“It looks to me like they started at the beach and worked their way back,” he said, pointing to the 18 felled trees. “Bloody fools — look, you can still see the saw marks.”

“What they don’t realize,” he added, “is that if these dunes aren’t here, they’re not going to have a house or a view.”

When international leaders met last month at the United Nations to discuss climate change, and when millions of young protesters took to the streets, the focus was on sweeping global action. But for much of the world, the response to climate change looks more like the parochial struggles of Mayor Williamson: small-town leaders laboring to persuade a skeptical public about complex science and expensive decisions.

In few places is the challenge of adapting to climate change more immediate than in Australia, where 80 percent of the population lives within a few dozen miles of a coastline susceptible to rising seas and more punishing storms, and where the arid interior bakes under record temperatures.

CreditMatthew Abbott for The New York Times

A decade ago, the country was at the forefront of adaptation expertise, creating a national research center to collect and share knowledge among academics and officials. But over time, the federal government lost interest, and in 2018 the facility’s funding fell to zero.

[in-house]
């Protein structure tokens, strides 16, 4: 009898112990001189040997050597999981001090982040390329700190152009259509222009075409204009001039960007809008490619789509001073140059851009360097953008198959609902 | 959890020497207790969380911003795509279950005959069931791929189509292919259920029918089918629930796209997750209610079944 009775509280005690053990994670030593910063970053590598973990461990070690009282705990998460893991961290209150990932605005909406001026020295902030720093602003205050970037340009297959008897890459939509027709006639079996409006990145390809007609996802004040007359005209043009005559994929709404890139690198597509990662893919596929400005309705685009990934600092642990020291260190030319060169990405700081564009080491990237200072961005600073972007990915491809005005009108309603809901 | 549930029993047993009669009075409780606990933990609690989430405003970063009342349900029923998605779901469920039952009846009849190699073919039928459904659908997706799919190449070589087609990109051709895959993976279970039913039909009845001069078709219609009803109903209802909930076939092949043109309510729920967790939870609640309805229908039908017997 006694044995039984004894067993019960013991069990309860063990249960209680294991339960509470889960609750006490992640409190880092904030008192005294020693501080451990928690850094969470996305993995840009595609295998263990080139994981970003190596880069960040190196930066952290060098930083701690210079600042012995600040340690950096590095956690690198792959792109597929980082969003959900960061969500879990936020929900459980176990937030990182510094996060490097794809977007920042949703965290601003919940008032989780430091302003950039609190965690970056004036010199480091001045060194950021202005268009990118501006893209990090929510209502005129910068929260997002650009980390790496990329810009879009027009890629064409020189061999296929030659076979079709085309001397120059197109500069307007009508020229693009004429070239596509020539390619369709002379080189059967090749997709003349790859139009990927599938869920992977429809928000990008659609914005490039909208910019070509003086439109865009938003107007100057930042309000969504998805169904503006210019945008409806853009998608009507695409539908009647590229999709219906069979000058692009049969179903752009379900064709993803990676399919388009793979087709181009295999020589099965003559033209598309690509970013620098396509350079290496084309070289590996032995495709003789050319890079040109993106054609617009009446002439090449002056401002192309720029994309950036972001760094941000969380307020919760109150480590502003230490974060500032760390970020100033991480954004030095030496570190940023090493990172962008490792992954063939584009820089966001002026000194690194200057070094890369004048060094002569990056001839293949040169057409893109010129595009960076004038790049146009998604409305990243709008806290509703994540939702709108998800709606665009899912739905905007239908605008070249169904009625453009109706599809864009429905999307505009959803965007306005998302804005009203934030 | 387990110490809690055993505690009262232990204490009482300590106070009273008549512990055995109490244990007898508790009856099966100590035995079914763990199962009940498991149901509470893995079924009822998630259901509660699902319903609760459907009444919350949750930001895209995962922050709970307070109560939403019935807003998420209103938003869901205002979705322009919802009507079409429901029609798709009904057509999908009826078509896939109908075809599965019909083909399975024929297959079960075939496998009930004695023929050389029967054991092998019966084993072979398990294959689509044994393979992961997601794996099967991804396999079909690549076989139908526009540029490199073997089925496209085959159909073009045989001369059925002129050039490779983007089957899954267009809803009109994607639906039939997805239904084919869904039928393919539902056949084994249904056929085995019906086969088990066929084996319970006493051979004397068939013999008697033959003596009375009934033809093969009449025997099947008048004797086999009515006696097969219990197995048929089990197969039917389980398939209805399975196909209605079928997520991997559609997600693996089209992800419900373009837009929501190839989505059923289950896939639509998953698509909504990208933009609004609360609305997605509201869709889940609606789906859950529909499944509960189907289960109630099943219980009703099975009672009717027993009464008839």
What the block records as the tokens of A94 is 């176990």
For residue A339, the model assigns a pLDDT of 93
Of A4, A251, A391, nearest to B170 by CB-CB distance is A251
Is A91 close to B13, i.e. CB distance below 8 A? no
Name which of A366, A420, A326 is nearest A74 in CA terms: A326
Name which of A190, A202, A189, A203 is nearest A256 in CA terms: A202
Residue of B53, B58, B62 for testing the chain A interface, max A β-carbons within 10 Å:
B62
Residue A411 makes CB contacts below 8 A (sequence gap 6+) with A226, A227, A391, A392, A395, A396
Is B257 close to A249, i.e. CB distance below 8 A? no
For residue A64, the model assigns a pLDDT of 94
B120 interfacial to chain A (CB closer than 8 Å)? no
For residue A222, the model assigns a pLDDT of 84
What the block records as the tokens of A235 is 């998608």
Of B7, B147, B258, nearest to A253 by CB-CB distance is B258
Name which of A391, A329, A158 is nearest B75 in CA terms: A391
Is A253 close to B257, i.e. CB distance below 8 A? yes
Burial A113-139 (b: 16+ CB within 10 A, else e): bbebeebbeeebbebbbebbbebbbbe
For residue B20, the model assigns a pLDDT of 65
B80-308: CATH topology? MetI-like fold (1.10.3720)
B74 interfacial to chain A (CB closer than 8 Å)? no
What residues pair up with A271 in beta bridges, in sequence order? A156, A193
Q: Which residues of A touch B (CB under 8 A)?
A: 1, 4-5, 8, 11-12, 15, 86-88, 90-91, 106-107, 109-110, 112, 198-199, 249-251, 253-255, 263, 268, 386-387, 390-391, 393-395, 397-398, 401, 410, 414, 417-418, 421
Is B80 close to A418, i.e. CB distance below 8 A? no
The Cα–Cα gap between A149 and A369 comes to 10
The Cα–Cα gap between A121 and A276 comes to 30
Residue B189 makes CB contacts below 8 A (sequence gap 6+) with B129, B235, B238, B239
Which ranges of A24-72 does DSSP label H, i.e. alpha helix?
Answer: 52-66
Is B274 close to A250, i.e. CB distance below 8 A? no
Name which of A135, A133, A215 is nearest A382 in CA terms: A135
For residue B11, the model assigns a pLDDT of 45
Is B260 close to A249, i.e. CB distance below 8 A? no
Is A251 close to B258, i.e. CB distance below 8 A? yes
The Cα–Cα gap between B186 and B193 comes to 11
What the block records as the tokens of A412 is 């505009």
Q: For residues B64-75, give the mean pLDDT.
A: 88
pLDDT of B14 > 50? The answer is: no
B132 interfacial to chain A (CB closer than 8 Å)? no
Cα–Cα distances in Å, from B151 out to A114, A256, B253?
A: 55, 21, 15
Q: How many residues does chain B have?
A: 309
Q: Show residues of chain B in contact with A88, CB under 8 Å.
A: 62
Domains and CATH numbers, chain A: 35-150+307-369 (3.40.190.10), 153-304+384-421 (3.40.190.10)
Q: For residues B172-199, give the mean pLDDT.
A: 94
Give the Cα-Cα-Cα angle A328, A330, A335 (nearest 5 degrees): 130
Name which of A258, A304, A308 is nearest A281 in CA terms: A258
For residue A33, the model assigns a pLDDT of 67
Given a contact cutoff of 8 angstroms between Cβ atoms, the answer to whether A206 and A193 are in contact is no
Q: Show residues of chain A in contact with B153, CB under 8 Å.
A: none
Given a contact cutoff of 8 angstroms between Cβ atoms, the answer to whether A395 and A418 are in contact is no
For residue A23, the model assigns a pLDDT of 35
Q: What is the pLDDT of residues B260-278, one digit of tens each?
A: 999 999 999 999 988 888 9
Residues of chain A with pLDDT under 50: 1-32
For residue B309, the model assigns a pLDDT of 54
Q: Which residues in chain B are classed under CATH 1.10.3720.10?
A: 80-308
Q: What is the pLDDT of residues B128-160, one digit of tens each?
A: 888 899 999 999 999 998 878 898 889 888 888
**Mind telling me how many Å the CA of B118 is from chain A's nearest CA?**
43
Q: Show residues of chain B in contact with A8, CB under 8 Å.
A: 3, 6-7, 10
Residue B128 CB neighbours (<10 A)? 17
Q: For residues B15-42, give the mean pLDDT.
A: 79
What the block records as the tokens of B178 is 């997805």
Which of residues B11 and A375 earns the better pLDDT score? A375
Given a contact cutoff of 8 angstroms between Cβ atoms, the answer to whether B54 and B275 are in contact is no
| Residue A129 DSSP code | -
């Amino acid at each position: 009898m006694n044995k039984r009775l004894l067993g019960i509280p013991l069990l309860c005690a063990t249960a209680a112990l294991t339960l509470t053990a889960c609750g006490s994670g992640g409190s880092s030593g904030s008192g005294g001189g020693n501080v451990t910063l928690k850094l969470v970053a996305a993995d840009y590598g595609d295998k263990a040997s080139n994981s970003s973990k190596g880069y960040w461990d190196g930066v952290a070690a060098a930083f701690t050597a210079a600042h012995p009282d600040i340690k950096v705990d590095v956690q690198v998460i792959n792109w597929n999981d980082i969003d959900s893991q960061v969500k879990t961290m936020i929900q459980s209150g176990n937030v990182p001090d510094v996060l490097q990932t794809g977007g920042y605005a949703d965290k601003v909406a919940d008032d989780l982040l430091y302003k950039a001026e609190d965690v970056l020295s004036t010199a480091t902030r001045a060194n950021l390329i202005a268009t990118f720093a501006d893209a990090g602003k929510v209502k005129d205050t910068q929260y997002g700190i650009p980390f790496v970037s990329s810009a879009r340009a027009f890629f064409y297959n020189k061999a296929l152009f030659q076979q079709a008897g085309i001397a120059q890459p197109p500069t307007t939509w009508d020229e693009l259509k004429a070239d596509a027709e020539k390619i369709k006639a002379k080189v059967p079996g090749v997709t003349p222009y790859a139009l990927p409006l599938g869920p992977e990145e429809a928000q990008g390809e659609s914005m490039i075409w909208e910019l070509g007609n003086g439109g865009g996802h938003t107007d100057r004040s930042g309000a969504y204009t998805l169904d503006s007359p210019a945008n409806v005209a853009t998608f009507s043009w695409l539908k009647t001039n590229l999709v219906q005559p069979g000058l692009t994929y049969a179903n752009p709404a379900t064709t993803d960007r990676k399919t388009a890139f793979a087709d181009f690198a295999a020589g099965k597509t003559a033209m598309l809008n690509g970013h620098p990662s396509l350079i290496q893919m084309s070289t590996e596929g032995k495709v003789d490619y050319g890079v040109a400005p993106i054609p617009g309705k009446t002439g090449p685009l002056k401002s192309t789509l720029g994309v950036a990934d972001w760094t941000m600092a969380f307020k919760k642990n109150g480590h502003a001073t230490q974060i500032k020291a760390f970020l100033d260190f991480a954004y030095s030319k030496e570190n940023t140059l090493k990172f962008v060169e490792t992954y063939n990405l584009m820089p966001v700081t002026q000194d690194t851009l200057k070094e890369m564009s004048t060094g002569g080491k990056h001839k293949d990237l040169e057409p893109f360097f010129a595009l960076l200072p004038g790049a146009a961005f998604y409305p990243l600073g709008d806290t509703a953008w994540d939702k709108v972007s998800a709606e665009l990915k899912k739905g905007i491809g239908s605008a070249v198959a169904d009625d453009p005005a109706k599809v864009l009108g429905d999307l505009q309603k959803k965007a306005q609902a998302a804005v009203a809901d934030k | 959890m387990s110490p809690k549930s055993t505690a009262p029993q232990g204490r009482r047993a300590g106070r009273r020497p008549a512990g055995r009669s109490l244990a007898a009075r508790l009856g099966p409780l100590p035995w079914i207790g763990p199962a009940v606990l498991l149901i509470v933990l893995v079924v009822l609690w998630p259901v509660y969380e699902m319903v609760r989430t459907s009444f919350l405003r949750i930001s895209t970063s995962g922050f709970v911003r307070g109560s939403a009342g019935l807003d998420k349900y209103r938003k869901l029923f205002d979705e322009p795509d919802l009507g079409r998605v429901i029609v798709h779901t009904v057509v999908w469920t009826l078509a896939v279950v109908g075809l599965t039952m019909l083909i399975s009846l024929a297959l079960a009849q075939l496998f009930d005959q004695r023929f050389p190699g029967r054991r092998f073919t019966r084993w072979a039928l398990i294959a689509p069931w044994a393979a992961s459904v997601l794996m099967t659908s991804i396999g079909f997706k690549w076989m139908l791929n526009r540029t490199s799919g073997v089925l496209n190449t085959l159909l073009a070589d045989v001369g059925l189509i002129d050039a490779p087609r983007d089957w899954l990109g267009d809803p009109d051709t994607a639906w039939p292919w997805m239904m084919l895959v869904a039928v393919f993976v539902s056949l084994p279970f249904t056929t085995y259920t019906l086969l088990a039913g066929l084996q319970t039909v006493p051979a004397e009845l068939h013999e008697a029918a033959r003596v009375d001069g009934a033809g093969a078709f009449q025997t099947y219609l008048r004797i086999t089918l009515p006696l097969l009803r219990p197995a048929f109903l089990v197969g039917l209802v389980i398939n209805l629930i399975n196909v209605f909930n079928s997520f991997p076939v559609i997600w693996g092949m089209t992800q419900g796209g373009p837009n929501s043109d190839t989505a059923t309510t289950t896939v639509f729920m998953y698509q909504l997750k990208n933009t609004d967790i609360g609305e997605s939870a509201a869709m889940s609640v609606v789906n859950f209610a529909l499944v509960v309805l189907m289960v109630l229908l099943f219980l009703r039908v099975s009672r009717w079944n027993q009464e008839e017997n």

The conservative government has mostly dismissed calls for action on climate change, with Prime Minister Scott Morrison recently arguing that young activists like Greta Thunberg are causing “needless anxiety.” It’s a reversal that resembles what is happening in the United States, where the Trump White House has rejected established climate science, and cities like Miami have paid for their own coastal protection.

But the absence of national leadership does not change reality. It just puts more pressure on mayors and councils, including those in less populated areas, forcing them to become the climate infantry — the grunts who push through solutions on their own.

In Australia, they are the ones grappling with roads falling into the sea, with disputes over home insurance as costs rise, and with who will pay for preventive measures like taller barriers at marinas. They are also managing little-noticed budget ramifications, like the hiring of flooding consultants and the quicker depreciation in value of fleets of cars battered by increased salt and sand.

And that is just along the coast. Farther inland, local governments are trying to become experts in drought-monitoring technology, while areas that had never thought much about fire — even in rain forests — are suddenly examining worst-case scenarios.

Houses along Eimeo Beach in Mackay.
CreditMatthew Abbott for The New York Times